The Labs of Cognitive Neuroscience
Immune Functions, Steroids, and Memory & Brain Development
In this study, we are interested in learning about how hormones released when we are sick, as well as steroids used to treat certain autoimmune illnesses, may affect brain development in children. In particular, we are investigating how these factors may affect memory and executive functions--the skills we use to plan and regulate our behavior--both of which are important to a child's functioning at school and at home.
Eligibility for study participation:
We are currently seeking children ages 8-16
- who are healthy and typically developing
- who have Crohn's disease (an inflammatory autoimmune disease of the digestive tract).
Participants will come to the lab for a neuropsychological assessment (routinely used in clinical care) and complete tests of memory and general cognitive ability. We will then record each child's brain activity (or EEG) while he or she tries to learn and remember photographs shown on a computer screen. In a separate session, children will also be asked to play similar learning games during functional magnetic resonance imaging (fMRI), a non-invasive tool to measure brain activity which will allow us to study brain differences between sick and healthy children.
Memory and executive functions--the skills we use to plan and regulate our behavior--are fundamental building blocks of a child's learning and adaptive functioning, both at school and at home. These functions may be influenced by hormones and immune cells we release when feeling sick. Usually, our immune system is programmed to quickly fight infection and then return to "rest" again. However, in certain conditions such as autoimmune illnesses, the immune system overreacts and can't return to "rest." These overreacting immune cells, as well as the steroids used to treat them, can affect brain regions critical for learning and memory. Children with autoimmune illnesses, therefore, may be t particular risk for cognitive and behavioral problems based on both their underlying illness and the therapies used to treat them.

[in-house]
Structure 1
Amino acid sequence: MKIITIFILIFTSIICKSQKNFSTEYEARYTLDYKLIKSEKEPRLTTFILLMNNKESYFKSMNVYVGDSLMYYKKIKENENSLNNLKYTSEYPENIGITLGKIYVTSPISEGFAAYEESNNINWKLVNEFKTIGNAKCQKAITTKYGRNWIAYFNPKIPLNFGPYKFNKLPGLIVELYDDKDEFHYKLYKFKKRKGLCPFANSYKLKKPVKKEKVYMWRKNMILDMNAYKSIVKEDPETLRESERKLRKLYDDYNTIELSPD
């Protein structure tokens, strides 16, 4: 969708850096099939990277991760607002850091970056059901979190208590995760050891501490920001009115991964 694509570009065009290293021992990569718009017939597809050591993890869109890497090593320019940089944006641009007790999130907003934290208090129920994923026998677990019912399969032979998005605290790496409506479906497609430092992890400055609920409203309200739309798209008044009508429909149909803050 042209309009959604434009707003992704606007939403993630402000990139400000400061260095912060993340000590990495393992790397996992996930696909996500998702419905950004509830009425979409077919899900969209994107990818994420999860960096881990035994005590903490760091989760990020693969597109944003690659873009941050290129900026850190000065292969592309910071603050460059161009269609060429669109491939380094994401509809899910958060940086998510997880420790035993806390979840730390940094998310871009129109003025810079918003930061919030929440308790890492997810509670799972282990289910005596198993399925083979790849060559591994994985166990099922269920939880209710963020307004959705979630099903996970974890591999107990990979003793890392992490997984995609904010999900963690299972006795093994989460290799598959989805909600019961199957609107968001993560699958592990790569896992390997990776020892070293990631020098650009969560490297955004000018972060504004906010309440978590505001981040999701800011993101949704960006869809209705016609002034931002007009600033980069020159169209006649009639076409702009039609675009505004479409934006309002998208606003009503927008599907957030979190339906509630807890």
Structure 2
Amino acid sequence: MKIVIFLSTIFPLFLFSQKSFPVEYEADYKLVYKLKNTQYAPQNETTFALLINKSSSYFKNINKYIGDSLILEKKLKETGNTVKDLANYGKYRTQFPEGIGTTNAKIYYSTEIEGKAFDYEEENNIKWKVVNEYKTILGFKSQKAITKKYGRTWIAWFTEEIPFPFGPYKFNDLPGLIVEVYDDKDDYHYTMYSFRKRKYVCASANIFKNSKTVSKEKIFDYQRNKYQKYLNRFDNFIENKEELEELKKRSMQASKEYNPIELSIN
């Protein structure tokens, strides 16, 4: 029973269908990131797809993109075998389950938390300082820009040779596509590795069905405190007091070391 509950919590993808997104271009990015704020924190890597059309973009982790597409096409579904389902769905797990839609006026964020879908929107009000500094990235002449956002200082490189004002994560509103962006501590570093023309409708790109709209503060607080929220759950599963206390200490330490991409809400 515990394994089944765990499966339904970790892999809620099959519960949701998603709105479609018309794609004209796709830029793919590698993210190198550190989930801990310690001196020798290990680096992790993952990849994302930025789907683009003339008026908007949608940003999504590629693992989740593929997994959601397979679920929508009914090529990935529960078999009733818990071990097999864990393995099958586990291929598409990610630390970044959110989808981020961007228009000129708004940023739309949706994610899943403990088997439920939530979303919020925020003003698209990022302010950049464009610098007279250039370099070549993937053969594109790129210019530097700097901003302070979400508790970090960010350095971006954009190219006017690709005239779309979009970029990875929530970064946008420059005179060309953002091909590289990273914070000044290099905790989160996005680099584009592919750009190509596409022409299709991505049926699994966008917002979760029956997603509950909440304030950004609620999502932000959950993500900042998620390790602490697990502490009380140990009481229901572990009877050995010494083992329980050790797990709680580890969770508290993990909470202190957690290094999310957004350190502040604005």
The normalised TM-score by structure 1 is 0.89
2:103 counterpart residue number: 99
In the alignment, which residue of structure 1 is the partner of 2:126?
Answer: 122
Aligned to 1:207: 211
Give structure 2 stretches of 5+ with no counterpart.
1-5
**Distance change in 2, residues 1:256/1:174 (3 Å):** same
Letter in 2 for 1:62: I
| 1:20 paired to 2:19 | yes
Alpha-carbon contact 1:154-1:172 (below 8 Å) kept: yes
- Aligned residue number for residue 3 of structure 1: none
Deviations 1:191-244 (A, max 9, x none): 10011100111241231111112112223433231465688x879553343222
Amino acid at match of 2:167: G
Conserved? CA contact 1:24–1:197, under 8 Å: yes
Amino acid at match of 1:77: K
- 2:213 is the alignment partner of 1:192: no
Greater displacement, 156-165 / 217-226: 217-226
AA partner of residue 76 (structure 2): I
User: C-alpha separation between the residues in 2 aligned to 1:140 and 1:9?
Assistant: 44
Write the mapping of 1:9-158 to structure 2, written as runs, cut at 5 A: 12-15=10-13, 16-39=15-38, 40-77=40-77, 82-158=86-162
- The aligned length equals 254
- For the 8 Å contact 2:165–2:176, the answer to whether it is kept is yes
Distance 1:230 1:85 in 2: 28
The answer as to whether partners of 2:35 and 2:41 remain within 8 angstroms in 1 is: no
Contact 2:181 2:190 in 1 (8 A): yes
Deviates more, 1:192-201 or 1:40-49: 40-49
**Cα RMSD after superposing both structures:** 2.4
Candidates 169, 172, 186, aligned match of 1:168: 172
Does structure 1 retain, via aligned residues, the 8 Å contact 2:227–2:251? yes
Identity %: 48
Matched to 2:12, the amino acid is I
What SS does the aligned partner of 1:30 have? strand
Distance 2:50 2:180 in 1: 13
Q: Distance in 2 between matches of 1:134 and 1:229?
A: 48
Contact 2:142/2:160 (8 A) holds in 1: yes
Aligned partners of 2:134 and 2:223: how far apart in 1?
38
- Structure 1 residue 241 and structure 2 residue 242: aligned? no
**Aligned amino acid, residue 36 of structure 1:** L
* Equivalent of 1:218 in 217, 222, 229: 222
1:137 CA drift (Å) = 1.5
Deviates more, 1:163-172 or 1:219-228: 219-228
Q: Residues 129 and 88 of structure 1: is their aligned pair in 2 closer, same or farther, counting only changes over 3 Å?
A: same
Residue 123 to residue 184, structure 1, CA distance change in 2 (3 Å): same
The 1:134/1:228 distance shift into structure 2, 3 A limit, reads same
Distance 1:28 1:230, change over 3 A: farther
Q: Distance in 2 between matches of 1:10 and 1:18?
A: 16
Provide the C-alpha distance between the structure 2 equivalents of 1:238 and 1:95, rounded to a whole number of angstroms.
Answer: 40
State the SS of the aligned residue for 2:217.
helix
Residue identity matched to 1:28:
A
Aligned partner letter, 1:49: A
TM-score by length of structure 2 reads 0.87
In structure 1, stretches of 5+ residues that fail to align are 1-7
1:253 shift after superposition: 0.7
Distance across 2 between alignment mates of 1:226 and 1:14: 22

In the current study we are looking at the brain effects of the immune response and steroids on learning in both ill and healthy children. Understanding more about these effects will help doctors who are treating sick children to learn more about how the immune system acts on the brain and to find safer therapies for children dealing with these types of illnesses. We also hope to help families find ways to manage their child's learning and school functioning when their child is sick, in pain, and/or taking steroids.
If you are interested in participating with your child, please e-mail Kristin Maletsky or call 617-355-7908.